Standard & Poor’s today released revised criteria for monitoring the performance of existing U.S. RMBS, specifically for 80% of outstanding ratings that were originated prior to 2009.

In a conference call today, Vandana Sharma, managing director and lead analytic manager for U.S. RMBS ratings, said that the updates considered tail risk and stressed the backend of the structure.

Overall the rating agency expects the updated criteria’s implementation to lead to more rating downgrades than upgrades.  The firm also expects the rating actions for this particular sample will display a more negative bias than for the portfolio at large.

The criteria, which is effective immediately, integrates updated assumptions regarding collateral performance, changes in pool-level credit and cash flow analysis, and applies new methodologies for capturing risks associated with a deal's mortgage pool comprising less than 100 loans.

Analysts conducted an impact study of 512 transactions accounting for roughly 10% of the rated offerings for which the criteria applies. The results showed that the majority of the ratings — roughly 68%  — stayed within three notches of their current rating.

Additionally, nearly 2% of ratings will be upgraded by four or more notches, while roughly 30% of the ratings will actually be downgraded by four or more notches. Specifically, roughly two-thirds of the rating movements involve lowering the ratings from ‘CCC’ to ‘CC.’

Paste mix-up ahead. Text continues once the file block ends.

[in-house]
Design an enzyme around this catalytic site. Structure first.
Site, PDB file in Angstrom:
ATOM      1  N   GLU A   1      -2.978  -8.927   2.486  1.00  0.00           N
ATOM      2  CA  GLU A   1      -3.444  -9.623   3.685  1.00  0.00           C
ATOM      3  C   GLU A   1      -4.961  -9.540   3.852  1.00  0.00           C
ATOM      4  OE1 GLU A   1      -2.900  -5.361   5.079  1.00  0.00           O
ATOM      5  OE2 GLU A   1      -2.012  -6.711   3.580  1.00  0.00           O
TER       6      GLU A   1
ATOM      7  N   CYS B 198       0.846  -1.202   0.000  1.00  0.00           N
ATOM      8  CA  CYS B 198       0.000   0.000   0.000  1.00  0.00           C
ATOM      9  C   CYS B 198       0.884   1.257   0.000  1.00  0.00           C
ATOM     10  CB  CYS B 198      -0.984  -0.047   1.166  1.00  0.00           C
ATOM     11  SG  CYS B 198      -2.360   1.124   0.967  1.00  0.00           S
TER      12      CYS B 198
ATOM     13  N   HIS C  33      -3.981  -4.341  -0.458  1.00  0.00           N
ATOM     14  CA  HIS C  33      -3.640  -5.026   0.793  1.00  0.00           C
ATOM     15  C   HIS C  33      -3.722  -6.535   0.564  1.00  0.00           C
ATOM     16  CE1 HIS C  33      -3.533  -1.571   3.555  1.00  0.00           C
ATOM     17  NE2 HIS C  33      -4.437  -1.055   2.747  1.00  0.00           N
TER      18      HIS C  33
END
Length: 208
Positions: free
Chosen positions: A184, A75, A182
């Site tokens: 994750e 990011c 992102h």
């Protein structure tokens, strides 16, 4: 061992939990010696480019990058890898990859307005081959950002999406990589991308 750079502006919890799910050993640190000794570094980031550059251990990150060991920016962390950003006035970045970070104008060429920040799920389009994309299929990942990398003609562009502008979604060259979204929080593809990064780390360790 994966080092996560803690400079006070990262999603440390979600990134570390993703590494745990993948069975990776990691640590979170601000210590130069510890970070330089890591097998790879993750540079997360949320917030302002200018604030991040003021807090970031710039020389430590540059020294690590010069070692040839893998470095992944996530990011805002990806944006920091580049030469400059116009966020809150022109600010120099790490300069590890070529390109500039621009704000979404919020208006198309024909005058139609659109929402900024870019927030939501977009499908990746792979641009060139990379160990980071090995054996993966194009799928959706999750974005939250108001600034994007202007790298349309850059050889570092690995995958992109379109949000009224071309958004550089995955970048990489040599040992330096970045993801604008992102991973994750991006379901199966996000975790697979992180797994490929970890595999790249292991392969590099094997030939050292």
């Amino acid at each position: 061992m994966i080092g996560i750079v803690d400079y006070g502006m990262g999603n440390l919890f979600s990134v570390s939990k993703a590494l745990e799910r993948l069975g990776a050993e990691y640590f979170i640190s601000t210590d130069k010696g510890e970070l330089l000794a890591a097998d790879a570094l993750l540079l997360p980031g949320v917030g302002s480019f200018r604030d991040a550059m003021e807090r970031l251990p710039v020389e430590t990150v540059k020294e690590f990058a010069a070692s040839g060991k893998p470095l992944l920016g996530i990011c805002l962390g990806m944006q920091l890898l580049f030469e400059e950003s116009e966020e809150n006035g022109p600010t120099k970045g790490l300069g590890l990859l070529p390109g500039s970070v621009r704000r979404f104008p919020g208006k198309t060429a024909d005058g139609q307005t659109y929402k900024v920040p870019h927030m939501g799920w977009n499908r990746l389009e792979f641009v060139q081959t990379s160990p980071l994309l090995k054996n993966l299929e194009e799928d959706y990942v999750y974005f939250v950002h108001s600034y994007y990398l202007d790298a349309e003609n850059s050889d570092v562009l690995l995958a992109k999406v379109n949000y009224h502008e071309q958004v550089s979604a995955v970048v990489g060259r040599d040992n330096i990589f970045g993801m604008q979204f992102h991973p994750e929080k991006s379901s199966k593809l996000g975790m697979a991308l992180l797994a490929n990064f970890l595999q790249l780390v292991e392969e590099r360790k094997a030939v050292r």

S&P noted that the sample’s data is somewhat slanted toward transactions from cohorts where they have raised their base-case projected losses.

The rating agency also identified five key changes in ratings under the updated criteria. The first was that the ratings on cohorts where the base-case loss projections have been raised have the greatest probability of being lowered.

Also, the firm stated that higher ratings have a greater chance of being downgraded than lower ratings. This is related to the application of higher stress multiples and the introduction of stability tolerances within the stress multiples for ratings in the 'A' category and greater as well as the execution of more burdensome cash flow assumptions at the higher rating levels.

S&P said that securities that are presently rated 'BB+' and lower, particularly ’CC’ securities, are more likely to be higher because these criteria only apply the "standard" liquidation curve to ratings below 'BBB-.’

The firm also projected that the pro-rata pay securities in transactions backed by fewer than 100 loans are more prone to be downgraded, exhibiting the introduction of the tail risk criteria.

S&P expects that securities currently rated 'AAA' in transactions that have pro-rata pay mechanisms and do not profit from a credit enhancement floor or an equivalent functional mechanism will not be rated higher than 'AA+' to signal the sharp event risk that these securities may be exposed to at the very end of the transaction.

Since the agency not be placing ‘CC’ and ‘CCC’ rated tranches on credit watch, those rated ‘B-‘ and above will progressively be put under Credit Watch, Sharma said during the Q&A session of the conference call. 

She added that the agency will give more insight as more of the Credit Watch actions are resolved. The rating agency expects to review all in-scope transactions and to report its findings within the next six months.

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